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WTO Rejects US Appeal In Countervailing Duty Dispute With China

by Ulrika Lomas,, Brussels

29 December 2014

On December 18 a World Trade Organization's Dispute Settlement Body Panel announced rulings in favor of China in a complex case dealing with countervailing duty (CVD) determinations and anti-dumping duties, mostly resulting from US treatment of China as a "non-market economy" (NME).

The case had originated in 2012, and most of China's complaints had already been upheld by the WTO last May.

The Panel was established on December 17, 2012 to address China's concern that the US was not administering its trade remedy laws in a uniform, impartial and reasonable manner and that the US Public Law 112-99 was inconsistent with the GATT 1994, the SCM Agreement and the Anti-Dumping Agreement. The US regretted the China had chosen to pursue its request for panel establishment and noted that its measures were consistent with its WTO obligations. Australia, Canada, the European Union, Japan, Viet Nam and Turkey reserved their third-party rights to participate in the Panel's proceedings.

In November the Chinese Ministry of Commerce (MOC) had disclosed that, in accordance with WTO rules, China and the United States had held unsuccessful consultations in Geneva on the latter's amendment to the Tariff Act (GPX Act). China had previously requested consultations on the US imposition, since 2006, of both countervailing duties (CVDs) and anti-dumping duties (ADs) at the same time on 30 of its products which it is said to subsidize - worth some USD7.2bn of its annual exports into the US market.

In March 2011, the WTO Appellate Body had found that the imposition by the US of double remedies, that is, the offsetting of the same subsidization twice by the concurrent imposition of ADs and CVDs, and, indeed, the application of CVDs, against a "non-market economy" (NME) such as China, was inconsistent with WTO obligations.

In addition, last December, the US Court of Appeals decided that the US Congress had also determined in the past that government payments cannot be characterized as "subsidies" in an NME, and therefore that, as had originally been held in the Trade Court in October 2010, CVDs should not apply to NME countries.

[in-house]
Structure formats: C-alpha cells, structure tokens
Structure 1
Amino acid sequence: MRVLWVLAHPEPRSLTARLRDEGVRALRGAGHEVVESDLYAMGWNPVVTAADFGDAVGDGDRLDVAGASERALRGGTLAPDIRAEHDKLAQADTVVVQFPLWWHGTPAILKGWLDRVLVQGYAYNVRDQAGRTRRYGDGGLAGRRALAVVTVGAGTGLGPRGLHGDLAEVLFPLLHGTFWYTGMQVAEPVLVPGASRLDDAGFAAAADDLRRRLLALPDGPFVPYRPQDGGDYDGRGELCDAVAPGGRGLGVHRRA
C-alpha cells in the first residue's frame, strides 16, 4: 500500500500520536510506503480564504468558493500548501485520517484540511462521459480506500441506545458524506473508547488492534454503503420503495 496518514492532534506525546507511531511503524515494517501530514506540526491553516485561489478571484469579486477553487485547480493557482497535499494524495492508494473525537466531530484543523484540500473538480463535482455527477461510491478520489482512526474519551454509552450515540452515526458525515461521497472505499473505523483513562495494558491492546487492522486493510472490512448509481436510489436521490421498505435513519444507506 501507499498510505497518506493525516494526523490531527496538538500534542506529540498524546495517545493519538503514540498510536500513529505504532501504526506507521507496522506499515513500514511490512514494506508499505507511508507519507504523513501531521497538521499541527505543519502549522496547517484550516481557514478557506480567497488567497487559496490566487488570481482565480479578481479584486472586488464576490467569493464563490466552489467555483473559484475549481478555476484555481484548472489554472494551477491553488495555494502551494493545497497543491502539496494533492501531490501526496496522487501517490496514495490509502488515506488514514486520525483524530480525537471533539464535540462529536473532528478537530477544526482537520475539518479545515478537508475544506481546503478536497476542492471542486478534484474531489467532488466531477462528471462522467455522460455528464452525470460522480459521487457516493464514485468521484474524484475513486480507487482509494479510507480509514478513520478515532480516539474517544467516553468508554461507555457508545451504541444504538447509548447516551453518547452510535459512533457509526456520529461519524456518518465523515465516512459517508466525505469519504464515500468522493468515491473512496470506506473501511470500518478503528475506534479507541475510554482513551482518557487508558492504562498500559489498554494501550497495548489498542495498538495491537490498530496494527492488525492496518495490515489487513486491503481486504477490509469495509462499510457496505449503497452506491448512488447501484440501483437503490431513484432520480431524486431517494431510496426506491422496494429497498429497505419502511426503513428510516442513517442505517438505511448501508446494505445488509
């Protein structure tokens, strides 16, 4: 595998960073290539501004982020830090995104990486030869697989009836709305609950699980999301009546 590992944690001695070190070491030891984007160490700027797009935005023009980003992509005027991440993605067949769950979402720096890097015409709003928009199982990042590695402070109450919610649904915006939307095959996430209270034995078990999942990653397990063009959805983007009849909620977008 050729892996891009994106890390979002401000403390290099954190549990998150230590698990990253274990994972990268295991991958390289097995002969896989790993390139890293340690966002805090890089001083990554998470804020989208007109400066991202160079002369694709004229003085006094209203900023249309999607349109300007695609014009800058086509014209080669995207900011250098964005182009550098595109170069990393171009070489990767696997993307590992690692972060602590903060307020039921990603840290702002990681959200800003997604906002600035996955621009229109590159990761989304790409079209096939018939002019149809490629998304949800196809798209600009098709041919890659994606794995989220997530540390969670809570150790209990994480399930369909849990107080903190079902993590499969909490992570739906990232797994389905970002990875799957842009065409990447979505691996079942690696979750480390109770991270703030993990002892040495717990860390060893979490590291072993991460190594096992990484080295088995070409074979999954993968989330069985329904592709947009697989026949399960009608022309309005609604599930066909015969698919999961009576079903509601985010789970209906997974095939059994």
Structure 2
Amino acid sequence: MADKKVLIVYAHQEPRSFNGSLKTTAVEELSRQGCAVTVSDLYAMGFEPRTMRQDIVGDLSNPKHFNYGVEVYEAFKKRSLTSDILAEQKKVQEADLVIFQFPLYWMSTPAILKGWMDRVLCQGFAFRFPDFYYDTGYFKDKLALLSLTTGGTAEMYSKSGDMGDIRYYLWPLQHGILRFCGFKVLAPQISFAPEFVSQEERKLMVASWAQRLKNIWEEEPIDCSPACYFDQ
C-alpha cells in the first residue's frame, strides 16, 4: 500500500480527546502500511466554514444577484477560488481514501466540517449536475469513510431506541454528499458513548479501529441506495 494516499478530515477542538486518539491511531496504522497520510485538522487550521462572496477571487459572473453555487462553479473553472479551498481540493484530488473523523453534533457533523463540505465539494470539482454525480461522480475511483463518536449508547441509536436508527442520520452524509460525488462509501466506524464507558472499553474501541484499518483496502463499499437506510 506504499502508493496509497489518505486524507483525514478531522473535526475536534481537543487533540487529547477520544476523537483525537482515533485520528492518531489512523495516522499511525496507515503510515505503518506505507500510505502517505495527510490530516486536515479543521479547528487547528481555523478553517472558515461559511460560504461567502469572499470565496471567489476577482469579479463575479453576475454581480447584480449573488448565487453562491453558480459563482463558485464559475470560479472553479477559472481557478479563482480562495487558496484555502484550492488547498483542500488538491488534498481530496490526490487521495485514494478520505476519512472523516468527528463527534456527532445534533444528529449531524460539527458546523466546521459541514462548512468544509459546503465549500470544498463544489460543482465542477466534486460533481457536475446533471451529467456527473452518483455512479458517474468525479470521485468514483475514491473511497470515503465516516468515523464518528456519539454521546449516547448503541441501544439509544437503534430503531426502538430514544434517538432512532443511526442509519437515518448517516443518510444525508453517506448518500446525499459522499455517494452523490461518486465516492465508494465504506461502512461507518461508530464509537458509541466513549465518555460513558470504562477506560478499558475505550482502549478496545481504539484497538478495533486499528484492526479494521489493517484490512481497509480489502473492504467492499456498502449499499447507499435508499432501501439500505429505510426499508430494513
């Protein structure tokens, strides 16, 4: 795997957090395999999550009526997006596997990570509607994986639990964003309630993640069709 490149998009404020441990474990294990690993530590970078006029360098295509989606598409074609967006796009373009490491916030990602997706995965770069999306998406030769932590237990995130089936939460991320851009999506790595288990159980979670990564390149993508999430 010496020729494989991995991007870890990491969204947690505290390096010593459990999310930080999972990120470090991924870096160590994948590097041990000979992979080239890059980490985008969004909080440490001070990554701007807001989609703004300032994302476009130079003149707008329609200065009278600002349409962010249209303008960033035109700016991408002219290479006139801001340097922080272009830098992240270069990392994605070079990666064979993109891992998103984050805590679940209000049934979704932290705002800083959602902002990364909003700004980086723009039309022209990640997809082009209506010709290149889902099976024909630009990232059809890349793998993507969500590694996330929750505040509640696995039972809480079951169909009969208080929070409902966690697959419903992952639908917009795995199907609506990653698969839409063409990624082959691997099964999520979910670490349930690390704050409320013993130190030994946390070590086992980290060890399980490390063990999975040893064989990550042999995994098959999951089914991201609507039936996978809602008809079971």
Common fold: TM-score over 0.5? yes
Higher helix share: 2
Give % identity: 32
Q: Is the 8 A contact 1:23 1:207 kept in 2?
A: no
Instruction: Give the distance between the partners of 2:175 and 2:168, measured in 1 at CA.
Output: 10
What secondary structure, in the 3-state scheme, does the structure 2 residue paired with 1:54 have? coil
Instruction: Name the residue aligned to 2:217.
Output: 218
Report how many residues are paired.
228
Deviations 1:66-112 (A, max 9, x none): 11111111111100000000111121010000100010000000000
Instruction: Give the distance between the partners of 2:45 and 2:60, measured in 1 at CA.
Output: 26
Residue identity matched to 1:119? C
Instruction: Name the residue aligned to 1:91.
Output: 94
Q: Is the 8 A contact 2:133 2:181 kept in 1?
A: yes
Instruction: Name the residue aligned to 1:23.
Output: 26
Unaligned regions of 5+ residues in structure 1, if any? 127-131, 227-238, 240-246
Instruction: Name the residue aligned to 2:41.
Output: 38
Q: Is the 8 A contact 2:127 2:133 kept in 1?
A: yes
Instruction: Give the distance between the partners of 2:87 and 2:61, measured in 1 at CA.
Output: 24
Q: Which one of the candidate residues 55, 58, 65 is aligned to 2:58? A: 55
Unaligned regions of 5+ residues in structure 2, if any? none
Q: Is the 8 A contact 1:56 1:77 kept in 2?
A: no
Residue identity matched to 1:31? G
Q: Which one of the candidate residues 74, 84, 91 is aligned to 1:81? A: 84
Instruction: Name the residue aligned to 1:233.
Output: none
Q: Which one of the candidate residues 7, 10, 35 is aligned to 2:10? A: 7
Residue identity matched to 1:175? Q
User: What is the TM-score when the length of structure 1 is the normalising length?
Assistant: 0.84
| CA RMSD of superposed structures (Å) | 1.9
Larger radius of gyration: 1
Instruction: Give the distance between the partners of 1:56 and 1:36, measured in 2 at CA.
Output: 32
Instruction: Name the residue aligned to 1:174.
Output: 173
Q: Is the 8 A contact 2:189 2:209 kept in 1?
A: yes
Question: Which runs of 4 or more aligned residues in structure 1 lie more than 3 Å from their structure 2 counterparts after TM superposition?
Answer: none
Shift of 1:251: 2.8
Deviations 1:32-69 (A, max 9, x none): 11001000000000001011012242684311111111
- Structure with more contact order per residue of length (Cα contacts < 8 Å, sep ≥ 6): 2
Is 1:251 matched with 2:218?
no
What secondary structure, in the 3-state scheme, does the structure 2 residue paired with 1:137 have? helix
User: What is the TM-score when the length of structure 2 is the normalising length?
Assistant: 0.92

It was expected that the Court of Appeal's decision could have forced the US Commerce Department to terminate the existing CVD orders against products from China, but, in March 2012, the passage of the GPX Act specifically overturned that decision, and tried to preserve the validity of the existing CVDs against NME countries.

The Act also deals with the finding of the WTO Appellate Body concerning the imposition by the US of double remedies, by providing for the Commerce Department to make a reduction to anti-dumping duties in NME cases where countervailing duties are simultaneously being imposed, if it can be demonstrated that domestic subsidies have inflated the dumping margin, and if the Commerce Department is able to reasonably estimate an adjustment.

However, according to the MOC, in a call for consultations in September 2012, concerning the passing of the GPX Act, the US had still not resolved those issues. The MOC indicated, on the contrary, that the passage of retroactive legislation in Congress to counteract a previous court decision and try to legitimize the imposition of countervailing duties on NMEs, is a form of trade protectionism, is not in line with WTO rules, and should be rectified.

The dispute concerns several initiation decisions, as well as preliminary and final determinations in 17 countervailing duty investigations conducted by the United States' Department of Commerce (USDOC) from 2007 through 2012. The Chinese products concerned by these investigations consist of solar panels; wind towers; thermal paper; coated paper; tow behind lawn groomers; kitchen shelving; steel sinks; citric acid; magnesia carbon bricks; pressure pipe; line pipe; seamless pipe; steel cylinders; drill pipe; oil country tubular goods; wire strand; and aluminum extrusions.

On August 22, 2014, China filed an appeal covering most of the issues on which the Panel did not rule in its favor in May. On August 27, 2014, the United States filed a cross-appeal of the Panel's preliminary determination relating to the consistency of one section of China's panel request with Article 6.2 of the DSU. The United States did not appeal the Panel's finding that the USDOC's application of a "rebuttable presumption" to determine whether certain entities can be characterized as "public bodies" was inconsistent "as such with Article 1.1(a)(1) of the SCM Agreement. Nor did the United States challenge on appeal the Panel's finding that the "public body" determinations made by the USDOC in 14 countervailing duty investigations were inconsistent with the same provision 1, or the Panel's findings regarding the USDOC's treatment of certain export restraints in two of the investigations at issue.

It appears that China has comprehensively won this tussle with the US; but it is not clear whether the US will readily give in.

TAGS: court | tax | export duty | law | anti-dumping | Australia | China | excise duty | legislation | Canada | United States | import duty | trade | Japan | Turkey | Europe

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